Politically, Kinnear’s right-wing track record of passivity in the face of attacks and willingness to provide concessions fits in nicely with the Jerry Dias leadership of Unifor. Under the Dias leadership, a historic set of sell-out contracts were recently negotiated for the auto workers of GM, Ford and Chrysler. New hires had to accept two-tier contracts in which secure pensions were given up going forward. The ATU, by contrast, under the leadership of Larry Hanley since 2010, has moved to the left, endorsing the Bernie Sanders campaign, as well as passing resolutions at its most recent convention in favour of free post-secondary education, universal healthcare and a $15 minimum wage. This is not to say that the ATU is without its flaws, as the current bureaucratic approach of the International Executive in quashing our local democracy has demonstrated; however, we should stay and fight for rank-and-file democracy, rather than splitting and running.

International unions are generally progressive developments. This is because the power of the capitalist system is one that exists on an international scale, and if the workers are to be effective in struggling against this power then it stands to reason that we must be organized on an international scale as well. If the problem within the ATU is one of excessive bureaucracy, then we need to cut down on that bureaucracy by introducing measures of accountability and control on behalf of rank and file workers. Such measures could include, for example, limiting the pay of all elected union officials to that of a skilled worker, to ensure that people are running for positions for the right reasons, and the right to recall of those officials at any time, in the case that these leaders are not up to the task. It goes without saying that all responsible positions should be regularly elected.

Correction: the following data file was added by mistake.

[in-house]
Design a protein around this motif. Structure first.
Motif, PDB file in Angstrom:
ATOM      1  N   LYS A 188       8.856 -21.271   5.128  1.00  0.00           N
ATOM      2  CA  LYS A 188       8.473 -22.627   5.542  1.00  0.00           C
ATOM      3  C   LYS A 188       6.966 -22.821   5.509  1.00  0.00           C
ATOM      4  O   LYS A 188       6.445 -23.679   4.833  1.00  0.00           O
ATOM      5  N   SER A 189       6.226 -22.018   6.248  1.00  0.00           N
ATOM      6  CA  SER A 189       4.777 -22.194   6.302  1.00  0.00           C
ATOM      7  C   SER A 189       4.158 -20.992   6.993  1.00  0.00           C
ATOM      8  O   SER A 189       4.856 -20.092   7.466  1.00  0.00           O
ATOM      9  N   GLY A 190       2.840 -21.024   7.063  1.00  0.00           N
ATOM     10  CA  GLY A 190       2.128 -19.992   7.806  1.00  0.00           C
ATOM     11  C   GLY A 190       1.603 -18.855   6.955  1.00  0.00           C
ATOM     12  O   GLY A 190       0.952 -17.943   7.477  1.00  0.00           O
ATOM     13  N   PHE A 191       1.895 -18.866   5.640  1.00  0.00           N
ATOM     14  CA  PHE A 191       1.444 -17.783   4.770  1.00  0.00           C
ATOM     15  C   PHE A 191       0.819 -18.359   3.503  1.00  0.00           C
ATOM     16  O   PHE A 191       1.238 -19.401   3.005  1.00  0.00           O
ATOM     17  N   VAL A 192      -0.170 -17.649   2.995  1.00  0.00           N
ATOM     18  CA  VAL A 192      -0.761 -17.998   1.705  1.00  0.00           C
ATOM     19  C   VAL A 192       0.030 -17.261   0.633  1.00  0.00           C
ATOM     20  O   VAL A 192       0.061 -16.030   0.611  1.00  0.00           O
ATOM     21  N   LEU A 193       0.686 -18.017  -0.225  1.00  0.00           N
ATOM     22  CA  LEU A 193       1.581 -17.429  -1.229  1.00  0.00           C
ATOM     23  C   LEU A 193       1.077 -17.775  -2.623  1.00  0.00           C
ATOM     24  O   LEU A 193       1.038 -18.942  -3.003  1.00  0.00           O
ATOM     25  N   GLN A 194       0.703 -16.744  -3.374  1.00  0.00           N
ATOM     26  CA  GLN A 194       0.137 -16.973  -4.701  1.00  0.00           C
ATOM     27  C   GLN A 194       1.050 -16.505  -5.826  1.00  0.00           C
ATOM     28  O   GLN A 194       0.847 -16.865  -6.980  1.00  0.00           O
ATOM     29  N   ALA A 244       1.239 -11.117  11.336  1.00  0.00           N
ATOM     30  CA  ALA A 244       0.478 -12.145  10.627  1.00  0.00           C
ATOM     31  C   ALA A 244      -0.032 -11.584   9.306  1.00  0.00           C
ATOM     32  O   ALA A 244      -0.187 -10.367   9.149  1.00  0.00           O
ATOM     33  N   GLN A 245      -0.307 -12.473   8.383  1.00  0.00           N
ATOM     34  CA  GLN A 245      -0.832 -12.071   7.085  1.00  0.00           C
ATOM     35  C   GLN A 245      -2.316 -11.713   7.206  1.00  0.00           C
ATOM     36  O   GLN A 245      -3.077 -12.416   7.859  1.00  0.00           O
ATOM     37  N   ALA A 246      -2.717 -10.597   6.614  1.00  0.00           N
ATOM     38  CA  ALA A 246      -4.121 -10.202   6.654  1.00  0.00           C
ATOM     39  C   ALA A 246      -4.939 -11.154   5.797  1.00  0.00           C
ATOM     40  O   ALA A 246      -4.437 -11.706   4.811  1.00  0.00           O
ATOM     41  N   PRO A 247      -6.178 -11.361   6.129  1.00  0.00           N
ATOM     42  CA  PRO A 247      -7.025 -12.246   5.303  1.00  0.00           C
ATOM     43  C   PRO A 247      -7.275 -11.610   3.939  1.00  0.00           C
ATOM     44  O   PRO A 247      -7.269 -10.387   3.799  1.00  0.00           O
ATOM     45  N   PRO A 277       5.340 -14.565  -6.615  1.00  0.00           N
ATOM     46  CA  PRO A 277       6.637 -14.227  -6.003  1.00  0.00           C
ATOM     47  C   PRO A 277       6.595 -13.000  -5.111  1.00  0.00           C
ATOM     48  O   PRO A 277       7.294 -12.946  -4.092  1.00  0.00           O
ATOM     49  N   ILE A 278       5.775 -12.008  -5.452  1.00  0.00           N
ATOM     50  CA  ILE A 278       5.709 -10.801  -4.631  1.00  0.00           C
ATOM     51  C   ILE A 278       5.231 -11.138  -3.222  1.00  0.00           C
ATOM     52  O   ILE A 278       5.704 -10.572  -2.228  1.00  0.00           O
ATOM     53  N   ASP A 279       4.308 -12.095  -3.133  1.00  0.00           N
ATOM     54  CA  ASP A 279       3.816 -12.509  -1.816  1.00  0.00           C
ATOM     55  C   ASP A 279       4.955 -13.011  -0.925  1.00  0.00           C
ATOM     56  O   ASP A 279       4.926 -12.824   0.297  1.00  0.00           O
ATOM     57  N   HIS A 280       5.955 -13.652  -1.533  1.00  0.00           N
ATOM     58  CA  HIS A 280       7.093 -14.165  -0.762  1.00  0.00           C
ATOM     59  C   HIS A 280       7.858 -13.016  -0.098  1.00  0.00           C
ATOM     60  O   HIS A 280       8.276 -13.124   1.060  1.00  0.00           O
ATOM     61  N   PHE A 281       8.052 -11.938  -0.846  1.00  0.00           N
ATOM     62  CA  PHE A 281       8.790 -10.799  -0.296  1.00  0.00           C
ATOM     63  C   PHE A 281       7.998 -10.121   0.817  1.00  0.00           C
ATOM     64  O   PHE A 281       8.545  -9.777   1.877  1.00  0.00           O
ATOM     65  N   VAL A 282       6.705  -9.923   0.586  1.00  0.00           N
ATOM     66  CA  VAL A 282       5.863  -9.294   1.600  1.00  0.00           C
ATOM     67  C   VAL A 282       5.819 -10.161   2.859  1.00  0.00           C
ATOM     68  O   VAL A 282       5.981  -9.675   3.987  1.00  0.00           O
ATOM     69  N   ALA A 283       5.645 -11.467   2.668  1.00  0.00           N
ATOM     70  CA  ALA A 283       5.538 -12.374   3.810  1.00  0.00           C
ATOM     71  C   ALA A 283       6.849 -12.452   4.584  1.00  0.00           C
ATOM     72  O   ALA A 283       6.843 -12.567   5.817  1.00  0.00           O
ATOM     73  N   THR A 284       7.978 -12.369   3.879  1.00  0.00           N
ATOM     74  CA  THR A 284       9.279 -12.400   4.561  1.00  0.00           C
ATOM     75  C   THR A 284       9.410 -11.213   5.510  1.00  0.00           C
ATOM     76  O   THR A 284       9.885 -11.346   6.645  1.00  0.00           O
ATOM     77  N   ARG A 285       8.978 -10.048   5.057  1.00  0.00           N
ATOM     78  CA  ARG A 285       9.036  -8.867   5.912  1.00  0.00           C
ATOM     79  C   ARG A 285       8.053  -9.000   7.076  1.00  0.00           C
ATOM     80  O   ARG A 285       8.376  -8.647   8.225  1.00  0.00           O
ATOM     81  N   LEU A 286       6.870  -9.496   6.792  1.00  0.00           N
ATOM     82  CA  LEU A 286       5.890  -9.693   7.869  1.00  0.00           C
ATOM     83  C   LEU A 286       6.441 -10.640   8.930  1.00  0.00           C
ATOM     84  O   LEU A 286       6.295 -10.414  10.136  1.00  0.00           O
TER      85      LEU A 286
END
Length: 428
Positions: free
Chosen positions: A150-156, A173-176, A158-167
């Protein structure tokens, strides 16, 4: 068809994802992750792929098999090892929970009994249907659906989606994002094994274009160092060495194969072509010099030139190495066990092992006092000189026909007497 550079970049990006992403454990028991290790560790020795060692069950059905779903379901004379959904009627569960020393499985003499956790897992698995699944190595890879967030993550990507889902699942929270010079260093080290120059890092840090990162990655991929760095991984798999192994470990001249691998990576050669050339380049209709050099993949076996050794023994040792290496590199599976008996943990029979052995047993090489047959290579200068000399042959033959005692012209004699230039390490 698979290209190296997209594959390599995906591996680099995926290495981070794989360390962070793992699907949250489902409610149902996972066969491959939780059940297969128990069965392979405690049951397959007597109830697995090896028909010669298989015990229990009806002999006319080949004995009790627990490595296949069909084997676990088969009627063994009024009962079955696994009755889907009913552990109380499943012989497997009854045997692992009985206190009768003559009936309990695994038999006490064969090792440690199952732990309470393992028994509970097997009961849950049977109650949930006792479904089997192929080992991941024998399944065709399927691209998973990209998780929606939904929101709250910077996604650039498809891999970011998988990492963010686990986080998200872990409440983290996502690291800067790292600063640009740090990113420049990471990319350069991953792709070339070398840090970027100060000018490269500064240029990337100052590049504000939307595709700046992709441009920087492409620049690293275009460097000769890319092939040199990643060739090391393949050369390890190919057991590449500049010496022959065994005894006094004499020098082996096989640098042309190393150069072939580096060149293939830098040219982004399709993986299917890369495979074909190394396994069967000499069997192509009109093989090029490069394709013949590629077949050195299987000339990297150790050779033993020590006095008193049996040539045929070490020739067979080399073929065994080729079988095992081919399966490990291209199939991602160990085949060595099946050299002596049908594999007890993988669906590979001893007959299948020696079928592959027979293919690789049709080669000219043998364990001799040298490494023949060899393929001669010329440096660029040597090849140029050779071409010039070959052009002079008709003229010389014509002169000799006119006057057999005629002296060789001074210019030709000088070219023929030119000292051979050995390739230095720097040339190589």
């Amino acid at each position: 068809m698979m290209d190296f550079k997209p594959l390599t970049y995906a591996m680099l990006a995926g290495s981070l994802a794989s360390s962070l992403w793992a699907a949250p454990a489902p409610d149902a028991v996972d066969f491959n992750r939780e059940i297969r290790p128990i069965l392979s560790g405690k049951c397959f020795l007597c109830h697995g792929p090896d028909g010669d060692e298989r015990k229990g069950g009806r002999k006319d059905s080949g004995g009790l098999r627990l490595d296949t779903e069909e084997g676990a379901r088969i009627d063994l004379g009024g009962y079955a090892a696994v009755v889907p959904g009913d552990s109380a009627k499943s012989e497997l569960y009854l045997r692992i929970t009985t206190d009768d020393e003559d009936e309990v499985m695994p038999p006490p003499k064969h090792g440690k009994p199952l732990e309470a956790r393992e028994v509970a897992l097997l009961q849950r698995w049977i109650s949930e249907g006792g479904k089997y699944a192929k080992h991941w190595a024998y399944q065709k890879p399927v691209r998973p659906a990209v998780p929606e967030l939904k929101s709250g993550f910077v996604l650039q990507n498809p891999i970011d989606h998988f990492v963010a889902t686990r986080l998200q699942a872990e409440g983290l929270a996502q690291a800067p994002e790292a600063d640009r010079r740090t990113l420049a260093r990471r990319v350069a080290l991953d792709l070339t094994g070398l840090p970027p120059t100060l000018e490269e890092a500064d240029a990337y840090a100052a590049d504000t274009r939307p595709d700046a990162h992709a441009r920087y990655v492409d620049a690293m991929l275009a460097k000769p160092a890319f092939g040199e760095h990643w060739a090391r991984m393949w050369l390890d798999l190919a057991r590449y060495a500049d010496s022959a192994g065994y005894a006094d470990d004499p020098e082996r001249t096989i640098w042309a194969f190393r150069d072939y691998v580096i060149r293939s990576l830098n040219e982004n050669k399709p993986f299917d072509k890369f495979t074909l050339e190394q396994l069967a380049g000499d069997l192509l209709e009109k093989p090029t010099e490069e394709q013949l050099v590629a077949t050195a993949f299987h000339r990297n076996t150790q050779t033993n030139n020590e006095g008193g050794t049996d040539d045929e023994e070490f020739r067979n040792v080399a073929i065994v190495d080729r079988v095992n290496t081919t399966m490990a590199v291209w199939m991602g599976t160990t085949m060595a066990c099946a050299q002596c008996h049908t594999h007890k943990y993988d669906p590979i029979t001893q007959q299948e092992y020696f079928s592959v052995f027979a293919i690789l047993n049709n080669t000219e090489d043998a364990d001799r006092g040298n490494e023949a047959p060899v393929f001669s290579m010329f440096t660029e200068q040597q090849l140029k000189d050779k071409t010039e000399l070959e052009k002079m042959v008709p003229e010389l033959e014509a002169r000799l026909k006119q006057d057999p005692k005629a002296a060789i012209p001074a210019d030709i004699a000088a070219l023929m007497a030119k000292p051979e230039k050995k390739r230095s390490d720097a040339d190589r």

In the midst of the organic crisis of capitalism we are living through on a world scale today, the bosses and their cronies in government have no choice but to implement relentless austerity. Their aim is to roll back the bulk of the gains the working-class has made over the better part of the last century, in order to restore capitalist profitability. In the public sector, this often takes the form of attempts at privatization, implemented in order to provide new fields for private capitalist exploitation, in addition to the usual attacks on wages, benefits, pensions and job security. In this context, the labour movement requires leaders that are willing to stand up and fight.

Kinnear’s track record over the years and in this recent mess has clearly shown that he is not up to the task of leading our union forward through these difficult times. The last contract he negotiated in 2014 was a two-tier sellout which saddled maintenance workers with below-inflation wage increases, and passed only with a meagre 60% of members’ approval. Kinnear has to go, but booting him out, ultimately, is the responsibility of the members of Local 113, and not the ATU International Executive, who has clearly demonstrated they have their own agenda of settling bureaucratic scores in all of this. Local members deserve the opportunity to choose a leader who has their own interests at heart, not someone looking to promote their own career at the expense of the membership.

The problems of the union cannot be solved by trusteeship that silences the voices of the rank-and-file. To this purpose, an emergency membership meeting should be called immediately in which the members should be given the opportunity to take a vote of confidence in the current local executive and president, and following this, organize new elections if necessary. Similarly, the members should have the right to decide whether or not to begin the process of whether or not to split from the ATU as Kinnear’s supporters desire. The author of this article would vote no confidence in our present leadership, given that not a single executive board member has spoken out publically in defence of workers’ democracy throughout this entire process. They have instead elected to take either the side of Sforza and the trusteeship, on the one hand, or Kinnear and the disaffiliation attempt on the other, and thus deserve to be held accountable to the members for this whole bureaucratic mess. All of these executive board members, of course, including even Kinnear himself, should be given the opportunity to defend themselves in a new round of elections, and so there should not be any further bureaucratic repressions imposed. For the other question, splitting with the ATU would be a mistake and a distraction – but under workers’ democracy the membership has every right to put this issue to a vote. Once that is accomplished, the workers of ATU Local 113 should be able to move forward with maximum unity, leave this regrettable incident behind us and prepare to face the next round of the bosses’ offensive, which will likely coincide with our upcoming contract negotiations in 2018.

Down with trusteeship! For workers’ democracy!

For a militant, class struggle-based unionism! No more concessions!

Fight for a socialist ATU and a socialist labour movement as the only way to defeat capitalist austerity!